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Help to Stop Drinking – The Simple Guide to Your Options
Coming to terms with the fact that you have a drinking problem is usually the most difficult step in the process of getting well. Are you visiting our website because you are finally at that place? If so, we want to help you in any way we can. Getting help to stop drinking is the best thing you can do for yourself and your family; we want to be part of the process.
The first thing you should know is that you have numerous options for treatment, depending on how severe your problem is. A comprehensive evaluation may reveal that you are a problem drinker who regularly exceeds generally accepted levels of safe drinking but without regular binge drinking or drunkenness. Or perhaps you abuse alcohol by drinking more than you should, more often than not.
If you sense that your problem is even more severe, you may already be an alcoholic. Below is a list of symptoms most alcoholics exhibit; if you recognise any of them in your life then there is good reason to believe you might be suffering from alcoholism:
- You constantly worry there will not be enough alcohol available to you
- You are willing to go to great lengths to procure more alcohol
- You are willing to avoid family and friends just to drink
- You find yourself hiding alcohol at home or work
- You cannot function at social gatherings without drinking
- You find you need to consume more and more alcohol to feel good.
Only a proper evaluation by a trained professional can truly determine how severe your problem is. When you call our 24-hour helpline, one of our trained and professional counsellors can provide you with a comprehensive assessment capable of determining where you stand.
Options for Problem Drinkers
Problem drinkers who are not yet considered alcohol abusers or alcoholics have the greatest number of options available to them. Many start by paying a visit to the GP for a medical examination. In your case, the doctor would be able to examine you and, based on the answers you provide to specific questions, determine if you have an early stage issue that would be classified as problem drinking.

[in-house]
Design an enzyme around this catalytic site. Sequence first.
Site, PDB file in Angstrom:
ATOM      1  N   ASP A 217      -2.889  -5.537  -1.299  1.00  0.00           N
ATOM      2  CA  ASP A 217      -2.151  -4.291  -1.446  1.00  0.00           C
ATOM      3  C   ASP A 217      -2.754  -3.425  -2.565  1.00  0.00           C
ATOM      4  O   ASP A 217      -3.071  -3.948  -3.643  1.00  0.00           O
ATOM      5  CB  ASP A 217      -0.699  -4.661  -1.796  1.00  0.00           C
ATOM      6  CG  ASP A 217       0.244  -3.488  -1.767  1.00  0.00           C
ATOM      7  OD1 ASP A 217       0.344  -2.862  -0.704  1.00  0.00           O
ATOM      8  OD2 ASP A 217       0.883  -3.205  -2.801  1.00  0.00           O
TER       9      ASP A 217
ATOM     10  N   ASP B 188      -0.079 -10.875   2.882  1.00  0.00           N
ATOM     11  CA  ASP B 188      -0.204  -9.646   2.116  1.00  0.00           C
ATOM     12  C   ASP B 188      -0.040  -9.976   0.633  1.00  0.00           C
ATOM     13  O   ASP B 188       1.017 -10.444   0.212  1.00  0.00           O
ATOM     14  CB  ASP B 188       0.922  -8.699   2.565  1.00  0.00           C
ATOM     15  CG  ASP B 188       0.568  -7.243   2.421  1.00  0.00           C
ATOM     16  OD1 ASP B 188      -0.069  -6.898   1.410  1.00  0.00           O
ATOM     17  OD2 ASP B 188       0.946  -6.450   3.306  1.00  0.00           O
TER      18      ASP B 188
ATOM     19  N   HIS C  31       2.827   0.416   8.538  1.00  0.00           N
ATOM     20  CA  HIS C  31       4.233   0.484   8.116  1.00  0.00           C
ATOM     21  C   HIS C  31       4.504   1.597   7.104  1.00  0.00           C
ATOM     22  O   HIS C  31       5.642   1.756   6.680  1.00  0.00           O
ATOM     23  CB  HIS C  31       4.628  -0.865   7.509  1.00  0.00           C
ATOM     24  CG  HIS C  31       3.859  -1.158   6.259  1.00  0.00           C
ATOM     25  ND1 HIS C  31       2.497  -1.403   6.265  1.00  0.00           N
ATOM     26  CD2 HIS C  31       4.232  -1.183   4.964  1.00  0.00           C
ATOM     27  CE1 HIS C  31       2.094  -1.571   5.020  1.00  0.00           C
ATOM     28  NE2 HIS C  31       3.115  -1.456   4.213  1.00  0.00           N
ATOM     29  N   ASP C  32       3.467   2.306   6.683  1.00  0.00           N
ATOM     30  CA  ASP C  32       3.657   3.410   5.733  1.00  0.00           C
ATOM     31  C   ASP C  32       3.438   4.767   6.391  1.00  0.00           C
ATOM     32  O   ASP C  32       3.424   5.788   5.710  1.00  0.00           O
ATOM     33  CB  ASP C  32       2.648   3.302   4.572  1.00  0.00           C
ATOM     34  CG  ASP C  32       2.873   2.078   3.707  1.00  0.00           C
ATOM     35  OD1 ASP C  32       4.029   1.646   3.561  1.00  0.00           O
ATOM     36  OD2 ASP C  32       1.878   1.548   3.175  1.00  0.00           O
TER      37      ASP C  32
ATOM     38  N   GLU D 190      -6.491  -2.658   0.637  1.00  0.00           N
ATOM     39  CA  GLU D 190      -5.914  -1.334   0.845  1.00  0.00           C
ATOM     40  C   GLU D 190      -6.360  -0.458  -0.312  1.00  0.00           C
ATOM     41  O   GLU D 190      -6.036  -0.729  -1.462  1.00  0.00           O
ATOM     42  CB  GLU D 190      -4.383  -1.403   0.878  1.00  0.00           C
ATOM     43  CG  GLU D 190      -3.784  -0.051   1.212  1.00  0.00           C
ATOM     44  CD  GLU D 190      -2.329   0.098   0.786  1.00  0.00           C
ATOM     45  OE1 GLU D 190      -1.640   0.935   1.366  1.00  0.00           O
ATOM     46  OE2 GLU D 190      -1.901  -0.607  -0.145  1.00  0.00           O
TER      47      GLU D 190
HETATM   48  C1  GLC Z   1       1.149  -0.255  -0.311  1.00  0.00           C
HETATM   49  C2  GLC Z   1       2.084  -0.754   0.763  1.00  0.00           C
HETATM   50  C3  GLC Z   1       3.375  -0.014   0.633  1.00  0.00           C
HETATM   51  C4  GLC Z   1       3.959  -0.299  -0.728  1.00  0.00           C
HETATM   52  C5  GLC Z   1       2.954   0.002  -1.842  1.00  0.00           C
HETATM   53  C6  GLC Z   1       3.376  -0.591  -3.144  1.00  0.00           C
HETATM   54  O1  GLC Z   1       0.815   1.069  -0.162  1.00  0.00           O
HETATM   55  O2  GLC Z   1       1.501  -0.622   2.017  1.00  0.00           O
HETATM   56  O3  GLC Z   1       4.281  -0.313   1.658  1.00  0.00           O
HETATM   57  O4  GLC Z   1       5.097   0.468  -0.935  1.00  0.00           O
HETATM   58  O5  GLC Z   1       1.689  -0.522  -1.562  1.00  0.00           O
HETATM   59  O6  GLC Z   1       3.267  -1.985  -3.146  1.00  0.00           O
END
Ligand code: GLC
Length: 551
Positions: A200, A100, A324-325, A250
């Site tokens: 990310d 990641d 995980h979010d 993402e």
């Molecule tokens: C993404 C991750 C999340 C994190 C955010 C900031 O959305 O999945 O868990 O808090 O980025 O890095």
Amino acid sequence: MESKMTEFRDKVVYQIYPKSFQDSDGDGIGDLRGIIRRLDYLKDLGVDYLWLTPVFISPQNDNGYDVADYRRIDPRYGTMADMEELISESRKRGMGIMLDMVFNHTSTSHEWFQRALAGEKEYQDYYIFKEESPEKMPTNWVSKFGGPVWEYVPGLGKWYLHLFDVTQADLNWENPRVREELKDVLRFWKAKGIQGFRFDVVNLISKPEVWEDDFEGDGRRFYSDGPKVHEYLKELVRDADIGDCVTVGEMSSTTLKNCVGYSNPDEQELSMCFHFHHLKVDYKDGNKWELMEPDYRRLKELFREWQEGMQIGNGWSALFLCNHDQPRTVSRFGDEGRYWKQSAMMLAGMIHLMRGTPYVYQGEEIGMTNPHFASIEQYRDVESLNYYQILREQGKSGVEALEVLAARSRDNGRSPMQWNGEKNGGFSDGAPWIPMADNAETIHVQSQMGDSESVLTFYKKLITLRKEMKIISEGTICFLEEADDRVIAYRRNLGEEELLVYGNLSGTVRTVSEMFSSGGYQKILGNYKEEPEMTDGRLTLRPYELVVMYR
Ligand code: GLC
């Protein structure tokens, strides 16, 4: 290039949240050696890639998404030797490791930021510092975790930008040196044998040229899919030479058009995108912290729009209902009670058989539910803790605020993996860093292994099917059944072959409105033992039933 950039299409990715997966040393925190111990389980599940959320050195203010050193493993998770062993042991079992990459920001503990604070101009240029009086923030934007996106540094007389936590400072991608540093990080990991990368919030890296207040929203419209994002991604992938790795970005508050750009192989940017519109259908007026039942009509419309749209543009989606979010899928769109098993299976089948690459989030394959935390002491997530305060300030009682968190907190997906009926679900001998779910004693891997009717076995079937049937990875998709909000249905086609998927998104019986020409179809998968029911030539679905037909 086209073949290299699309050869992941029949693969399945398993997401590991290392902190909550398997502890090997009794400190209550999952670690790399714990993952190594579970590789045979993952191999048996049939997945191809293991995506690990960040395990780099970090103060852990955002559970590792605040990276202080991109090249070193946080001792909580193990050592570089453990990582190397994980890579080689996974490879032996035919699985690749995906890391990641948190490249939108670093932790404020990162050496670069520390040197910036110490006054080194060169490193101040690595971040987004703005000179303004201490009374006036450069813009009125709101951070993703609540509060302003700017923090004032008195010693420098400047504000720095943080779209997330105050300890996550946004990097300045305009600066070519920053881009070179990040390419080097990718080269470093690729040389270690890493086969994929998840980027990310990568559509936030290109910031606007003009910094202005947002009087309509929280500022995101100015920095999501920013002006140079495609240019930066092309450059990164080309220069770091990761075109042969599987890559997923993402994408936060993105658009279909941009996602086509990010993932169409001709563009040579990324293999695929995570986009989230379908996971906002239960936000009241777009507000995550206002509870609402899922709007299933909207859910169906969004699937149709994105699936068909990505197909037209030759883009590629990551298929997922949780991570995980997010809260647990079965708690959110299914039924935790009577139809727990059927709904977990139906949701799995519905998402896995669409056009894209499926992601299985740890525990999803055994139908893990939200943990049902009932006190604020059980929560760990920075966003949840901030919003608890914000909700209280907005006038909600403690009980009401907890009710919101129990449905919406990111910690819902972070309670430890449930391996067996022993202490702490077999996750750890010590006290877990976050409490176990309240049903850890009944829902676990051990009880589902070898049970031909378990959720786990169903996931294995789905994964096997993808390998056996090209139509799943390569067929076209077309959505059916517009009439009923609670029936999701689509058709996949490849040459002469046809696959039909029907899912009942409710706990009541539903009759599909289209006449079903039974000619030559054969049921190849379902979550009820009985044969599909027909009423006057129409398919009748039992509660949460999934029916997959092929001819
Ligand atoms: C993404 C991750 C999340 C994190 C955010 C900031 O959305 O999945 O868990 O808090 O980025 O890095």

A diagnosis of problem drinking brings with it several options for treatment:
- Medication – There are certain medications a doctor can prescribe to help you avoid alcohol. For example, disulfiram is a drug that makes drinking physically unpleasant. If you were on this drug, any drinking on your part would result in symptoms similar to a hangover within minutes of taking a drink. There are three other drugs that doctors use to help people avoid drinking and/or to reduce alcohol cravings.
- Counselling – Medication to help reduce alcohol consumption only works to a limited degree. Problem drinkers can benefit by counselling or support group participation alongside prescription medication. Counselling is offered one-on-one or in a group setting.
- Healthy Lifestyle – It can be difficult to cut down on the amount of alcohol one drinks without adopting a new healthy lifestyle. Therefore, counsellors often recommend doing things such as modifying the diet, engaging in daily exercise, and pursuing a level of spirituality.
If these options work for you as a problem drinker, you may find yourself limiting your alcohol consumption more quickly than you had imagined. If they don't work, you may be in the early stages of alcohol abuse. This would require some additional treatments.
Options for Alcohol Abusers
A person who would clinically qualify as an alcohol abuser has already begun to develop some measure of tolerance. Therefore, relying on medication and counselling alone to help stop drinking may not be successful. A doctor or professional counsellor may suggest going one step further, including recommending the person attend an outpatient rehab programme.